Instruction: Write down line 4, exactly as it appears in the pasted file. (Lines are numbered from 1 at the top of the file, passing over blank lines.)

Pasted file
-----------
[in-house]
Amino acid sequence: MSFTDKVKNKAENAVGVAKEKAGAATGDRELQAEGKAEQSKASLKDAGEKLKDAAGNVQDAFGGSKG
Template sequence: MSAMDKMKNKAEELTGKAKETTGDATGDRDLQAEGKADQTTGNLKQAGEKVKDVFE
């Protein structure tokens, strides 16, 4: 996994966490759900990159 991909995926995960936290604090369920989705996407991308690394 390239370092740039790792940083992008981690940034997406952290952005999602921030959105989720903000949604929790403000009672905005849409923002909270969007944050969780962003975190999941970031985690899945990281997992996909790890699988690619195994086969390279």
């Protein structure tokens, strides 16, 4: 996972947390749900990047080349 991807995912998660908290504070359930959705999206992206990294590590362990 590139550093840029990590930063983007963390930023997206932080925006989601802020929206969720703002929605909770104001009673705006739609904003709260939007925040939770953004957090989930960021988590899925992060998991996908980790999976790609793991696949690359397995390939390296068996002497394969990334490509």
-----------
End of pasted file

């Protein structure tokens, strides 16, 4: 996994966490759900990159 991909995926995960936290604090369920989705996407991308690394 390239370092740039790792940083992008981690940034997406952290952005999602921030959105989720903000949604929790403000009672905005849409923002909270969007944050969780962003975190999941970031985690899945990281997992996909790890699988690619195994086969390279």